The Most Massive Living Thing on Earth Is Shrinking. Here’s How to Save It

October 18, 2018, 11:50 AM UTC
Seeding Among the Old growth Color
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If good fences make good neighbors then the most massive living thing on Earth could use a good fence.

A 43 hectare (106 acre) aspen forest that consists of around 47,000 clones of a single tree, called the Pando grove, in Utah, is the most massive known living thing. However, it has been shrinking for decades.

Scientists suspected that elk, cattle, and mule deer were eating the new shoots that emerge from Pando’s enormous root system, preventing it from sprouting new clones. So together with the U.S. Forest Service they ran an experiment by testing three different management strategies.

In the first group of plots, the researchers conducted active measures to promote aspen growth, such as controlled burns and removing shrubs. In the next set of plots, they fenced trees in to prevent animals from grazing on the shoots. They left the remaining plots untouched as a control.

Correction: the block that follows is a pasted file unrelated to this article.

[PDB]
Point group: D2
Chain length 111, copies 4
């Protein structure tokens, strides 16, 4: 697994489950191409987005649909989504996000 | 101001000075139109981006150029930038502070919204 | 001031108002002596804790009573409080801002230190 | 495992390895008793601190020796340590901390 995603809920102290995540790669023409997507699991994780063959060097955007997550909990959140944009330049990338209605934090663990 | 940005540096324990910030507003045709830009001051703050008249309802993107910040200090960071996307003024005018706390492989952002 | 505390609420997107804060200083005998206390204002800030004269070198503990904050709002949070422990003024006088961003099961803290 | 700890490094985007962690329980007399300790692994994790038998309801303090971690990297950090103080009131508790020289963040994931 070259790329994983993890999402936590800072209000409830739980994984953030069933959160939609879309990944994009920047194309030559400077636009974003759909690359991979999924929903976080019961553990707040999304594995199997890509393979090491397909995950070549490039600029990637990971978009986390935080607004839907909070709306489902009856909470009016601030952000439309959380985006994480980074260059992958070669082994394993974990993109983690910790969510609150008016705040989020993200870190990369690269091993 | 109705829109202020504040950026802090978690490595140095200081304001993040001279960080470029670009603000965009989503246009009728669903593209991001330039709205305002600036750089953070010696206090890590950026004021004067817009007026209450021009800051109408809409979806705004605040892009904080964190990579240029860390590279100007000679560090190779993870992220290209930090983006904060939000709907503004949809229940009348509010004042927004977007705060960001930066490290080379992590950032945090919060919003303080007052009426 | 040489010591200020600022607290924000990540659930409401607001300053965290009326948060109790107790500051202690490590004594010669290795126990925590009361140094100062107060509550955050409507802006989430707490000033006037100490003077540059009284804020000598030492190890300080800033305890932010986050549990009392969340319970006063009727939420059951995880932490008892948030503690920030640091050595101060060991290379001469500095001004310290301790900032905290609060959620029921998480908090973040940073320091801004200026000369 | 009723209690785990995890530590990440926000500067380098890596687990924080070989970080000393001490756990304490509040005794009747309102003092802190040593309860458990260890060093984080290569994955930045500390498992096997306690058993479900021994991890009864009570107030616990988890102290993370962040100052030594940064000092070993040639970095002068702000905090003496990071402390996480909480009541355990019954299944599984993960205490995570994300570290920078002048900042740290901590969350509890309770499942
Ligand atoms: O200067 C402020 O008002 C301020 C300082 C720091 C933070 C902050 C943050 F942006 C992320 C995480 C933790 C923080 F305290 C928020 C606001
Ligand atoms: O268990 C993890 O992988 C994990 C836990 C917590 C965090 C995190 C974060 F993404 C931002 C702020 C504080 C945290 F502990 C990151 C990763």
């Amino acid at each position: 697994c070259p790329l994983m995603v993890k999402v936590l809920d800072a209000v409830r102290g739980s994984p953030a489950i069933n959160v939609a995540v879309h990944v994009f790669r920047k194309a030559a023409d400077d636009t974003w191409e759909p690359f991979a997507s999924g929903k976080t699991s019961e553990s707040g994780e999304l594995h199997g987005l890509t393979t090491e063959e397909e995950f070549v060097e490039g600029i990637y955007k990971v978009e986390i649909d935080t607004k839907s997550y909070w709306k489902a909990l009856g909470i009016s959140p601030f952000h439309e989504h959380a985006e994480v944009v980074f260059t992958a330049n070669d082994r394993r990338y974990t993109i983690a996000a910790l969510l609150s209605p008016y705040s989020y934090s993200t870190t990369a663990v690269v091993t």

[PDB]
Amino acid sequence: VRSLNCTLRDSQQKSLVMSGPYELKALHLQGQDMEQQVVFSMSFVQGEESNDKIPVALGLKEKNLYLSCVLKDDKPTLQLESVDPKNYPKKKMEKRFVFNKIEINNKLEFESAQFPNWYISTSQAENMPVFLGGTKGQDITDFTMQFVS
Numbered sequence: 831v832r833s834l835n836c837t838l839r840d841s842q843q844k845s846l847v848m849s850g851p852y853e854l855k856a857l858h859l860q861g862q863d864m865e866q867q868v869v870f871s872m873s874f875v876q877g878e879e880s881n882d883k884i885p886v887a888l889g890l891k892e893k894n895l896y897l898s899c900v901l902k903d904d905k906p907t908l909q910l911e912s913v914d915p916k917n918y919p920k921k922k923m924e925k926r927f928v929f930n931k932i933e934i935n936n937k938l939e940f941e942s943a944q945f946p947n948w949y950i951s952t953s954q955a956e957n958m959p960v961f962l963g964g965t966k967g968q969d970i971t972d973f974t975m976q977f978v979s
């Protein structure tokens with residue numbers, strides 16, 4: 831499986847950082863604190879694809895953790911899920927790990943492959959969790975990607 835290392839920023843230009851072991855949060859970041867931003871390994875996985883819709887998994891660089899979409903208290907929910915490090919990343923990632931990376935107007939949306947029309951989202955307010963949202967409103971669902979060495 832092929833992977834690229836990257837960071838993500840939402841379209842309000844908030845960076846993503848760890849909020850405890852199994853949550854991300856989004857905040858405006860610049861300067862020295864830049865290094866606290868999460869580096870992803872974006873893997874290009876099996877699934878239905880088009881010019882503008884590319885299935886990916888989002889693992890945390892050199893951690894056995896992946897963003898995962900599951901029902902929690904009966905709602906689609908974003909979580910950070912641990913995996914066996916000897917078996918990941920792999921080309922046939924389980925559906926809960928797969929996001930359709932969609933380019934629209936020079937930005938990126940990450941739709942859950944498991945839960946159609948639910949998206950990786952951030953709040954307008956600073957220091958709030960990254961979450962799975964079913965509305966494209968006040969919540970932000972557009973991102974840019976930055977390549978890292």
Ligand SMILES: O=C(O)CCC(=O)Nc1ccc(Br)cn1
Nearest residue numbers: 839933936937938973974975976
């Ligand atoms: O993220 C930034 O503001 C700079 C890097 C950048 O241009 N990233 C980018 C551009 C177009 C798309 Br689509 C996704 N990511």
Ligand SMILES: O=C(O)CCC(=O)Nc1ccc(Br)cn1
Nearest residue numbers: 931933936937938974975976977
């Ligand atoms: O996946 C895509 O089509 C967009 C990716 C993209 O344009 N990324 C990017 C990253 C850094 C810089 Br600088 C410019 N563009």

There was a “a clear inverse correlation between between deer presence and regenerating aspen suckers,” the researchers reported yesterday in PLOS One. In other words, too many deer mean not enough aspen regrowth.

The researchers attribute the additional deer to human developments, hunting prohibitions, and the absence of natural predators. The Pando forest is especially vulnerable to other threats, such as pests or drought, because all the trees share the same genetics. That makes it even more important to provide protection from threats such as rampant mule deer.

Still, the lead researcher, ecologist Paul Rogers Utah State University in Logan, says he thinks fencing in the famous grove would be wrong. “We don’t want to go to nature to see a bunch of fences,” he told Science. Instead, he proposes culling the mule deer: “there are too many mouths to feed in this area.”